‘Electric Highway’ will be extended to Truckee
Soon there will be a place in Truckee where you can fill up your vehicle for free.
All drivers will need is an electric car and some patience.
An electric vehicle charging station, which should be installed near Meadow Park in Truckee by late June, is the last link in what some are dubbing the “electric highway” ” a stretch of Interstate 80 from the Bay Area to Truckee with a string of charging stations along the way. With help from the Truckee Donner Public Utility District and a grant from Placer County, electric car owners will be able to hook up their vehicle and get a full charge ” enough to last over 100 miles ” in four to five hours.
The addition of the Truckee charger will also allow electric car owners to transform their vehicle’s from around-town cars to long-distance road trip vehicles.
“It completes the chain,” said Tom Dowling, a volunteer with the Electric Auto Association. “There will be charging stations all along I-80.”
Dowling, who owns an electric Toyota RAV4, has made the trip from the Sacramento area to Tahoe several times. Each time he has used a new electric charger at the Tahoe City Public Utility District,
installed on the North Shore last fall. With the new Truckee installation, Dowling said he sees more electric vehicle owners venturing to Tahoe on trips that will cost them nothing in fuel and add no pollution to the Sierra Nevada.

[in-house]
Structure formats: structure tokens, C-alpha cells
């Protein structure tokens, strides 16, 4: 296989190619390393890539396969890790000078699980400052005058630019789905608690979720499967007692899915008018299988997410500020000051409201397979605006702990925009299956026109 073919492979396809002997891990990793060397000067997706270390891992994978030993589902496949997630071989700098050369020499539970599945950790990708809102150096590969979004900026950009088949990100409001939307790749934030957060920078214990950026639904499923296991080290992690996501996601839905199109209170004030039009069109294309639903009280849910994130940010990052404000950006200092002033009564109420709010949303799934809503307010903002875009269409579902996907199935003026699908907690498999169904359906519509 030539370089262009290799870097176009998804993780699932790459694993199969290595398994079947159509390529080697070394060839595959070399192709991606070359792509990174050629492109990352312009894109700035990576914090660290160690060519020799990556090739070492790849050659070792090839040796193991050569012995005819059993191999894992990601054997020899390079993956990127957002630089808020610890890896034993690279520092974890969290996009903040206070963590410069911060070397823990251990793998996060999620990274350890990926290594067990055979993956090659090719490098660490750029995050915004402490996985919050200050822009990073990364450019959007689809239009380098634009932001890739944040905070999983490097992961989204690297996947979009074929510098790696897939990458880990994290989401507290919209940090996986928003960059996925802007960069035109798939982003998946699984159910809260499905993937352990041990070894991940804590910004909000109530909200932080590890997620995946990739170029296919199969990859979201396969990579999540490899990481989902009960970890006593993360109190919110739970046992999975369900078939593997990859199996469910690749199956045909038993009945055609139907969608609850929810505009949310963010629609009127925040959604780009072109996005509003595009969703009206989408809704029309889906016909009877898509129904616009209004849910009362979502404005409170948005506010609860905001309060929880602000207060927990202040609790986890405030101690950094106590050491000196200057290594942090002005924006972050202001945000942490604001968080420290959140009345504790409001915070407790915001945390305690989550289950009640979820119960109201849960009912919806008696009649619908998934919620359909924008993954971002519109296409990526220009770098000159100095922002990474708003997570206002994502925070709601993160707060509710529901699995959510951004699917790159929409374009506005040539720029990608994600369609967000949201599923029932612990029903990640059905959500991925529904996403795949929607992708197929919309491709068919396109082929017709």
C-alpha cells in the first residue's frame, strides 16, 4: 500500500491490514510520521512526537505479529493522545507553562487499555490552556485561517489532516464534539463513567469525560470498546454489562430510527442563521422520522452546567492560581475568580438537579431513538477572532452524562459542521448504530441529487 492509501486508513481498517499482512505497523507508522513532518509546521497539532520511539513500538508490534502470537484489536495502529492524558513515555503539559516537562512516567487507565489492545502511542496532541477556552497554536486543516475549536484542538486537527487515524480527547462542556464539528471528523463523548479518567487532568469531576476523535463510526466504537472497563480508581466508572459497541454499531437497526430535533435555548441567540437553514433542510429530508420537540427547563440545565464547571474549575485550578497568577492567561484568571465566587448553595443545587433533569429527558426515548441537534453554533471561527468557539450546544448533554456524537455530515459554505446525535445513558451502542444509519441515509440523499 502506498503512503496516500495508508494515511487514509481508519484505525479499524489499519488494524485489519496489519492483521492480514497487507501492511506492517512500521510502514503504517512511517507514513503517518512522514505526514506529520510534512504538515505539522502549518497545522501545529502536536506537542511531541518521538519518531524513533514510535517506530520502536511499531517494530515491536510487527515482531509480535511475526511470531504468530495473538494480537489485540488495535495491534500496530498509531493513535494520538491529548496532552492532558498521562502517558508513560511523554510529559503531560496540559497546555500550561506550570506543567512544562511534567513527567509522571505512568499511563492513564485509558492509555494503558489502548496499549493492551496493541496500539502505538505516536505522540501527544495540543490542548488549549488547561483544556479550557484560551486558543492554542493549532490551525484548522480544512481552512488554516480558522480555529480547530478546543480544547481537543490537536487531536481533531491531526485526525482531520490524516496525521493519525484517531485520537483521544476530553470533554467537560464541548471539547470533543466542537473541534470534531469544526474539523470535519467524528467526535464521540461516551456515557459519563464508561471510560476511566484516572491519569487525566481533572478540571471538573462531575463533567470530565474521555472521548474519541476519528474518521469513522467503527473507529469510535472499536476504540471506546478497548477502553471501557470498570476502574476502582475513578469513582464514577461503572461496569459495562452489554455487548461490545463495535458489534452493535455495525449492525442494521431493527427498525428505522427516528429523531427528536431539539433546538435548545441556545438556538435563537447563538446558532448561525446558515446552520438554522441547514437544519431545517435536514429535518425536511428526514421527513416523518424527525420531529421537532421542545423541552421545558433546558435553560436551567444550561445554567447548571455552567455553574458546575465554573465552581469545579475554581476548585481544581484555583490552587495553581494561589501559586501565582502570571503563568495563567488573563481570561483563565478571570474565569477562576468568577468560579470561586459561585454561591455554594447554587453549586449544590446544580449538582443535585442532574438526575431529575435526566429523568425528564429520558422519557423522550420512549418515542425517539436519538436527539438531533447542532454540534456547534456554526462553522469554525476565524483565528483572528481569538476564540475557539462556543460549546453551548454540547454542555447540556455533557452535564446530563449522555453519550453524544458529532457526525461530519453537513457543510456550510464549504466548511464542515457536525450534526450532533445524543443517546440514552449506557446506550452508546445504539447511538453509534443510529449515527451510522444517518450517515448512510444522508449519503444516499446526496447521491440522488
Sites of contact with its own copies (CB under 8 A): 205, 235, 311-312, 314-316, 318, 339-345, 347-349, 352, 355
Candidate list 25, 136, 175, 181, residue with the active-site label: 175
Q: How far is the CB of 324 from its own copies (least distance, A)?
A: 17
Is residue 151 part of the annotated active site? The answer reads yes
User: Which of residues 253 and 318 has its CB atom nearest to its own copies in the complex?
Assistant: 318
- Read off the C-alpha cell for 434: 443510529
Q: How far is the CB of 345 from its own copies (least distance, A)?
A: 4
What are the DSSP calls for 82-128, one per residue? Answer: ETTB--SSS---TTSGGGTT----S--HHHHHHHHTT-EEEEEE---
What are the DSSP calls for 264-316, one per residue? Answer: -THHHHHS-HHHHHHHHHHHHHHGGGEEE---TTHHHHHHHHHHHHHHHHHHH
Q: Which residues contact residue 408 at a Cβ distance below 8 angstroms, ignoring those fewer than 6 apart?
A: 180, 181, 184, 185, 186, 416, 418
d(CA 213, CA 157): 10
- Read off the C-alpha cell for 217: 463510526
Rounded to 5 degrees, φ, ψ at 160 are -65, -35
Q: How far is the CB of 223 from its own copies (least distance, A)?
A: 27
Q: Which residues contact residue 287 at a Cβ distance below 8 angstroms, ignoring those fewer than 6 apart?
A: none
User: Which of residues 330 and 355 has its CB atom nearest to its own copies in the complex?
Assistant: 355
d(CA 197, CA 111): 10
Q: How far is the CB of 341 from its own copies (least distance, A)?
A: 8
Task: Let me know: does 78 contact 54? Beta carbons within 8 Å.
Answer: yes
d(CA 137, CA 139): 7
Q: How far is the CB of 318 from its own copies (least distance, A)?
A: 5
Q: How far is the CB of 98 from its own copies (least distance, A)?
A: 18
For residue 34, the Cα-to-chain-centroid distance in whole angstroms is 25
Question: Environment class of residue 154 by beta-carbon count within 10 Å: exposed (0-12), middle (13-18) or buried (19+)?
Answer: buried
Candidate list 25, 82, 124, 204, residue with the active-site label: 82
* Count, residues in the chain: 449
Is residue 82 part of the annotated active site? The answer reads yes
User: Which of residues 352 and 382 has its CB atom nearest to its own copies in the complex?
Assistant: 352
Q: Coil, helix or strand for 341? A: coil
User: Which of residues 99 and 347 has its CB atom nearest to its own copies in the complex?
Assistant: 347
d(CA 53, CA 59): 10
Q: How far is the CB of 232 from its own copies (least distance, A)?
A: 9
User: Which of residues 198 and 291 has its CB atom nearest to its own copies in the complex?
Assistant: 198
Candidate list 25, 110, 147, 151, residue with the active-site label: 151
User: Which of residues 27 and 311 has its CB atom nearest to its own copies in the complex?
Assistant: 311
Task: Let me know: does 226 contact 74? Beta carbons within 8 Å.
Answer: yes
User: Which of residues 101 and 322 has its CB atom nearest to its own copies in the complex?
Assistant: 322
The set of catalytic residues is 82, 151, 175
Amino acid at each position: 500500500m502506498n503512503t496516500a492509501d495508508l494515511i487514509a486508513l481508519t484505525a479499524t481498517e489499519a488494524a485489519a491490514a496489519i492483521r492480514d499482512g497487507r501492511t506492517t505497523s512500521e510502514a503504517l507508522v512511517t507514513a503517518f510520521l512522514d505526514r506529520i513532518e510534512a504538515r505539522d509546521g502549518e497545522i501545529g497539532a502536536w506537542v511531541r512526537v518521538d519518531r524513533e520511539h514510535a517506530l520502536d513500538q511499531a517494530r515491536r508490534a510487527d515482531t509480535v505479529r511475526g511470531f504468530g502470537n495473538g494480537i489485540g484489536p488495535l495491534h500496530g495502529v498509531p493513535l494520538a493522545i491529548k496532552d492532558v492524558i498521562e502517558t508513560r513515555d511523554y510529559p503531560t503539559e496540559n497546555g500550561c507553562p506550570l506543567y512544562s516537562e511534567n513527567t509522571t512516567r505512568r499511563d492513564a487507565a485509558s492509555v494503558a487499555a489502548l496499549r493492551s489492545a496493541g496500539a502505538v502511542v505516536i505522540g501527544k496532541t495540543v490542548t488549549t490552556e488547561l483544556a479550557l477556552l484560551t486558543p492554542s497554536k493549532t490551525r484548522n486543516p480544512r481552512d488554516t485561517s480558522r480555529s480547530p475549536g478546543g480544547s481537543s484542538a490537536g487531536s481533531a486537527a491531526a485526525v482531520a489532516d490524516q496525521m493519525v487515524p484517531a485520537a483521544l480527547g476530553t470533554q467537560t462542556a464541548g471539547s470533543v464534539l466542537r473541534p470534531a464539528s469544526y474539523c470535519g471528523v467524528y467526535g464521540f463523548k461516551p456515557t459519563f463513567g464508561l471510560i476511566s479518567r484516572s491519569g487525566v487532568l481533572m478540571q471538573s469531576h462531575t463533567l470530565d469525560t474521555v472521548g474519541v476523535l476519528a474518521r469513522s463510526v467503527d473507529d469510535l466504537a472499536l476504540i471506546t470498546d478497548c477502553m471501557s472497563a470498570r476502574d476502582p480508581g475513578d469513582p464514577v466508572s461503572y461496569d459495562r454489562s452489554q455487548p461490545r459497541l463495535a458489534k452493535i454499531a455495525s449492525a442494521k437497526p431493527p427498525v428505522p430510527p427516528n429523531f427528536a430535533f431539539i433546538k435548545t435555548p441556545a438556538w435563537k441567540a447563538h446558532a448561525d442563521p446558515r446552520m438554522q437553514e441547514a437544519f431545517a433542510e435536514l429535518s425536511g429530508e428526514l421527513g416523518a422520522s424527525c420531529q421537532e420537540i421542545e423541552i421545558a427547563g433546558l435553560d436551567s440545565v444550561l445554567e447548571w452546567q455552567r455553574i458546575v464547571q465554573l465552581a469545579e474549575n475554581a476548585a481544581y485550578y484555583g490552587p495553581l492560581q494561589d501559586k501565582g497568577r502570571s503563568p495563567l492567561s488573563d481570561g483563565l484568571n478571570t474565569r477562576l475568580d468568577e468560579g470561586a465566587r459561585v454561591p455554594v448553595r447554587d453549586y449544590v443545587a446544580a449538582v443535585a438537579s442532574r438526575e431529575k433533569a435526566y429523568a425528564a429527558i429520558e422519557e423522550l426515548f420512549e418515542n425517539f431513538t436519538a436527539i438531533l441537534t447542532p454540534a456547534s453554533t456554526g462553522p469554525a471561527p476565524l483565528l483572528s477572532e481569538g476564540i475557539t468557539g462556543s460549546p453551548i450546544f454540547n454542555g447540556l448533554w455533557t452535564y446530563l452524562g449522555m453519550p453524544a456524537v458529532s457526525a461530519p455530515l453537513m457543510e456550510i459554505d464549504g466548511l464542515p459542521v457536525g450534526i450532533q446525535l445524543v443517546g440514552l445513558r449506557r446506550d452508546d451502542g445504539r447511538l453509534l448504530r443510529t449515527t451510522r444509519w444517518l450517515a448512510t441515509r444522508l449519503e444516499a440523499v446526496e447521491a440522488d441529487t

“They used to say that you can’t take (electric car) to Tahoe, but we are trying to change that.”
The San Jose-based Electric Auto Association has been lobbying for more plug-in spots since its inception. With $48,000 from Placer County, the Electric Auto Association was able to aid in the construction of Roseville, Colfax, Auburn electric chargers. The Truckee location, using $29,000 from the county, will be the final location funded by the grant.
Although Truckee is in Nevada County, the Placer County money was available to complete the “electric highway” route through Placer County.
Scott Terrell of the Truckee Donner Public Utility District, said usage of the station will likely be light at first. But down the road the popular hybrid vehicles, which use a combination of gas and electric energy, may have a plug-in option, where vehicles can recharge their batteries at charging stations. If that happens, and the electric car inventory rises, chargers across the state will be in much higher demand, he said.
“Their hope is there will be more electric vehicles displacing fossil fuel vehicles,” said Terrell.
Right now Dowling estimates that there are only 4,600 pure electric vehicles statewide. And only about 200 of those vehicles are in Northern California.
“We are trying to reach a fairly small pool of drivers,” said Dowling.
But as gas prices rise and technology advances, the chargers are sure to gain popularity, he said.
“It’s looking more promising all the time,” said Dowling of the future of electric and hybrid vehicles.
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